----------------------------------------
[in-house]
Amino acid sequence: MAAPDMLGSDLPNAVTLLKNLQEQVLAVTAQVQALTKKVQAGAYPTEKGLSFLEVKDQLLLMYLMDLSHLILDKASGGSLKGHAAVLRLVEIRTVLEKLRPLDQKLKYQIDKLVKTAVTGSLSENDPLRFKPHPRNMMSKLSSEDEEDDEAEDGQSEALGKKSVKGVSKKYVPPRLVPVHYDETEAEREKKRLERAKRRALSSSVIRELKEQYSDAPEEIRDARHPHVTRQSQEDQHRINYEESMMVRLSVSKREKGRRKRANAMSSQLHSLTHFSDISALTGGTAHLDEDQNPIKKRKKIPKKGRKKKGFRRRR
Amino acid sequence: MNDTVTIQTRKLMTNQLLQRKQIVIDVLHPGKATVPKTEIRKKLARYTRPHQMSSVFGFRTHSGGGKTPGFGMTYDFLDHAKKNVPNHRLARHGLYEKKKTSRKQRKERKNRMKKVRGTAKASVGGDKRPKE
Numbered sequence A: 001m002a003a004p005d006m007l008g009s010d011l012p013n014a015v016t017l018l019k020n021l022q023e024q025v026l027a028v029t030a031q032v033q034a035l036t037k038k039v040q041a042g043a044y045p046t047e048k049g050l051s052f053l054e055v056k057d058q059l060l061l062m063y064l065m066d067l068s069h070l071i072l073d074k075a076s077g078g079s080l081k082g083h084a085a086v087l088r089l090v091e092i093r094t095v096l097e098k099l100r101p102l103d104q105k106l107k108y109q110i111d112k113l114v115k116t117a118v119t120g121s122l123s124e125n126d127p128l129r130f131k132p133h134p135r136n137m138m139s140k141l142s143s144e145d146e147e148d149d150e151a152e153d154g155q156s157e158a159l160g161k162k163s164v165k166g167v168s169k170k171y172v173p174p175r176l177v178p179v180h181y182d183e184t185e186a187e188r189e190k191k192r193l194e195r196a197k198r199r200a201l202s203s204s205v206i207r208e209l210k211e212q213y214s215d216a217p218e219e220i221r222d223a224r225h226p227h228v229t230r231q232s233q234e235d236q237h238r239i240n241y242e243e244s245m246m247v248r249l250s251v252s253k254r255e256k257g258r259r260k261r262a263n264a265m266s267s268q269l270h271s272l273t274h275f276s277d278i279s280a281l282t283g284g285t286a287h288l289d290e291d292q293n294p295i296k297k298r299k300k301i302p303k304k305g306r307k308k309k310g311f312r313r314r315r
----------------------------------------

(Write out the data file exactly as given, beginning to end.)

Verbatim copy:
[in-house]
Amino acid sequence: MAAPDMLGSDLPNAVTLLKNLQEQVLAVTAQVQALTKKVQAGAYPTEKGLSFLEVKDQLLLMYLMDLSHLILDKASGGSLKGHAAVLRLVEIRTVLEKLRPLDQKLKYQIDKLVKTAVTGSLSENDPLRFKPHPRNMMSKLSSEDEEDDEAEDGQSEALGKKSVKGVSKKYVPPRLVPVHYDETEAEREKKRLERAKRRALSSSVIRELKEQYSDAPEEIRDARHPHVTRQSQEDQHRINYEESMMVRLSVSKREKGRRKRANAMSSQLHSLTHFSDISALTGGTAHLDEDQNPIKKRKKIPKKGRKKKGFRRRR
Amino acid sequence: MNDTVTIQTRKLMTNQLLQRKQIVIDVLHPGKATVPKTEIRKKLARYTRPHQMSSVFGFRTHSGGGKTPGFGMTYDFLDHAKKNVPNHRLARHGLYEKKKTSRKQRKERKNRMKKVRGTAKASVGGDKRPKE
Numbered sequence A: 001m002a003a004p005d006m007l008g009s010d011l012p013n014a015v016t017l018l019k020n021l022q023e024q025v026l027a028v029t030a031q032v033q034a035l036t037k038k039v040q041a042g043a044y045p046t047e048k049g050l051s052f053l054e055v056k057d058q059l060l061l062m063y064l065m066d067l068s069h070l071i072l073d074k075a076s077g078g079s080l081k082g083h084a085a086v087l088r089l090v091e092i093r094t095v096l097e098k099l100r101p102l103d104q105k106l107k108y109q110i111d112k113l114v115k116t117a118v119t120g121s122l123s124e125n126d127p128l129r130f131k132p133h134p135r136n137m138m139s140k141l142s143s144e145d146e147e148d149d150e151a152e153d154g155q156s157e158a159l160g161k162k163s164v165k166g167v168s169k170k171y172v173p174p175r176l177v178p179v180h181y182d183e184t185e186a187e188r189e190k191k192r193l194e195r196a197k198r199r200a201l202s203s204s205v206i207r208e209l210k211e212q213y214s215d216a217p218e219e220i221r222d223a224r225h226p227h228v229t230r231q232s233q234e235d236q237h238r239i240n241y242e243e244s245m246m247v248r249l250s251v252s253k254r255e256k257g258r259r260k261r262a263n264a265m266s267s268q269l270h271s272l273t274h275f276s277d278i279s280a281l282t283g284g285t286a287h288l289d290e291d292q293n294p295i296k297k298r299k300k301i302p303k304k305g306r307k308k309k310g311f312r313r314r315r